Vladimir Nabokov’s United States immigration ID, from the fascinating story of how he became an American.
Just a few days after Nabokov’s death, there was an invasion of butterflies out in Springs, Long Island. It probably happens every year. But the reason I noticed the butterflies this time was the presence—or the absence—of Nabokov.
Q: Is writing your novels pleasure or drudgery?
A: Pleasure and agony while composing the book in my mind; harrowing irritation when struggling with my tools and viscera — the pencil that needs resharpening, the card that has to be rewritten, the bladder that has to be drained, the word that I always misspell and always have to look up. Then the labor of reading the typescript prepared by a secretary, the correction of my major mistakes and her minor ones, transferring corrections to other copies, misplacing pages, trying to remember something that had to be crossed out or inserted. Repeating the process when proofreading. Unpacking the radiant, beautiful, plump advance copy, opening it — and discovering a stupid oversight committed by me, allowed by me to survive. After a month or so, I get used to the book’s final stage, to its having been weaned from my brain. I now regard it with a kind of amused tenderness as a man regards not his son, but the young wife of his son.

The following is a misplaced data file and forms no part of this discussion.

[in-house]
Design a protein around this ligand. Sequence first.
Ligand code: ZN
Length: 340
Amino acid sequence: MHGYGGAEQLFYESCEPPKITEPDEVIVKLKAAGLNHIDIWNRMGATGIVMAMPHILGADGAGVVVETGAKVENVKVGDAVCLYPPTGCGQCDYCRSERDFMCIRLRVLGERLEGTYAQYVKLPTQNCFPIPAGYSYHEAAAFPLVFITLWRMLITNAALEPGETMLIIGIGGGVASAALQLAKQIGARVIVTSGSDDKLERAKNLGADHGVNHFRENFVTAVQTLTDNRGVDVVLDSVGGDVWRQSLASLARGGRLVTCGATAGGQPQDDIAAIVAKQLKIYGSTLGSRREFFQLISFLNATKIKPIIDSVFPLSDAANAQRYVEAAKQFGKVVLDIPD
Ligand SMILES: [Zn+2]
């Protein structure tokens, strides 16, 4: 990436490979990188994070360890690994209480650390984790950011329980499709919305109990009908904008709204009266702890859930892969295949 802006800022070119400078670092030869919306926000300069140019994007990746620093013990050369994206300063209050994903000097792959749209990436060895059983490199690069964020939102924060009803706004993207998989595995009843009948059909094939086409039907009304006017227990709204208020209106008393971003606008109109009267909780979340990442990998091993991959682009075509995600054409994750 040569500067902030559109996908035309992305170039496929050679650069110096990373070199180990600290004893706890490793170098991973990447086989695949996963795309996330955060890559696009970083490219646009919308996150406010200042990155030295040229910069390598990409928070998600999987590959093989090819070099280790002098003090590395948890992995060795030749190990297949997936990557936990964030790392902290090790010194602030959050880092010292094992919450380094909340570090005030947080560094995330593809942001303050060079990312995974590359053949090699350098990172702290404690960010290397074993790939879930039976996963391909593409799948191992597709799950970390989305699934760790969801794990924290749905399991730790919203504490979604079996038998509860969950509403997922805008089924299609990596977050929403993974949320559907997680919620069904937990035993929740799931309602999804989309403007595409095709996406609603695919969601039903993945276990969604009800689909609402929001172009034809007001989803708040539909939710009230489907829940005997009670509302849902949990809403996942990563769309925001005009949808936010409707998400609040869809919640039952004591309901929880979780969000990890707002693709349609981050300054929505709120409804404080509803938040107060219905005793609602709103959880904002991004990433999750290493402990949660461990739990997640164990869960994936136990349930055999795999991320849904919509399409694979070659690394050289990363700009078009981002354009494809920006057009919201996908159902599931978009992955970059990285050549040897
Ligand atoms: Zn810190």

Which is the worst thing men do?
To stink, to cheat, to torture.
Which is the best?
To be kind, to be proud, to be fearless.